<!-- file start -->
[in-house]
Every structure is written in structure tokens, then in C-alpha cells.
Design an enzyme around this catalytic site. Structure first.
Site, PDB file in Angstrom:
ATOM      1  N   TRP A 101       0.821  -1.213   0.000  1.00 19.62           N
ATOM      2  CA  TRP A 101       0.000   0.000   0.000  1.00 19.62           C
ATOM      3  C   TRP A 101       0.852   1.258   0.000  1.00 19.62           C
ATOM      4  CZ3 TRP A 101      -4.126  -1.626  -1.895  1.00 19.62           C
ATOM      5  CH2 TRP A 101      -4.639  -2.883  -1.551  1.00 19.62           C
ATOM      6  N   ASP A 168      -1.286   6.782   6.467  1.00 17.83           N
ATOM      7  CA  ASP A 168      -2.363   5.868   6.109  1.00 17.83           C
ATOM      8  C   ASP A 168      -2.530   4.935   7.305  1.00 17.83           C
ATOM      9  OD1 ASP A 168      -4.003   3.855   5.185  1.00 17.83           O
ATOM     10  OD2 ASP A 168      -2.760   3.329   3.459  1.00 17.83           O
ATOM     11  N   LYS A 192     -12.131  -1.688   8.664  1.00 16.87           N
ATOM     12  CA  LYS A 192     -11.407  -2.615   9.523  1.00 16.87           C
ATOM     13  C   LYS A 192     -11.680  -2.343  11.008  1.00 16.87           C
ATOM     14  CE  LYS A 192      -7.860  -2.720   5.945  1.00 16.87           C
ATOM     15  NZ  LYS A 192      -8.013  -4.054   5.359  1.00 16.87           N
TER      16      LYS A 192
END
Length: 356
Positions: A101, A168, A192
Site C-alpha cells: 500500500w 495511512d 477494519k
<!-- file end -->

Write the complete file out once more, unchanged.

[in-house]
Every structure is written in structure tokens, then in C-alpha cells.
Design an enzyme around this catalytic site. Structure first.
Site, PDB file in Angstrom:
ATOM      1  N   TRP A 101       0.821  -1.213   0.000  1.00 19.62           N
ATOM      2  CA  TRP A 101       0.000   0.000   0.000  1.00 19.62           C
ATOM      3  C   TRP A 101       0.852   1.258   0.000  1.00 19.62           C
ATOM      4  CZ3 TRP A 101      -4.126  -1.626  -1.895  1.00 19.62           C
ATOM      5  CH2 TRP A 101      -4.639  -2.883  -1.551  1.00 19.62           C
ATOM      6  N   ASP A 168      -1.286   6.782   6.467  1.00 17.83           N
ATOM      7  CA  ASP A 168      -2.363   5.868   6.109  1.00 17.83           C
ATOM      8  C   ASP A 168      -2.530   4.935   7.305  1.00 17.83           C
ATOM      9  OD1 ASP A 168      -4.003   3.855   5.185  1.00 17.83           O
ATOM     10  OD2 ASP A 168      -2.760   3.329   3.459  1.00 17.83           O
ATOM     11  N   LYS A 192     -12.131  -1.688   8.664  1.00 16.87           N
ATOM     12  CA  LYS A 192     -11.407  -2.615   9.523  1.00 16.87           C
ATOM     13  C   LYS A 192     -11.680  -2.343  11.008  1.00 16.87           C
ATOM     14  CE  LYS A 192      -7.860  -2.720   5.945  1.00 16.87           C
ATOM     15  NZ  LYS A 192      -8.013  -4.054   5.359  1.00 16.87           N
TER      16      LYS A 192
END
Length: 356
Positions: A101, A168, A192
Site C-alpha cells: 500500500w 495511512d 477494519k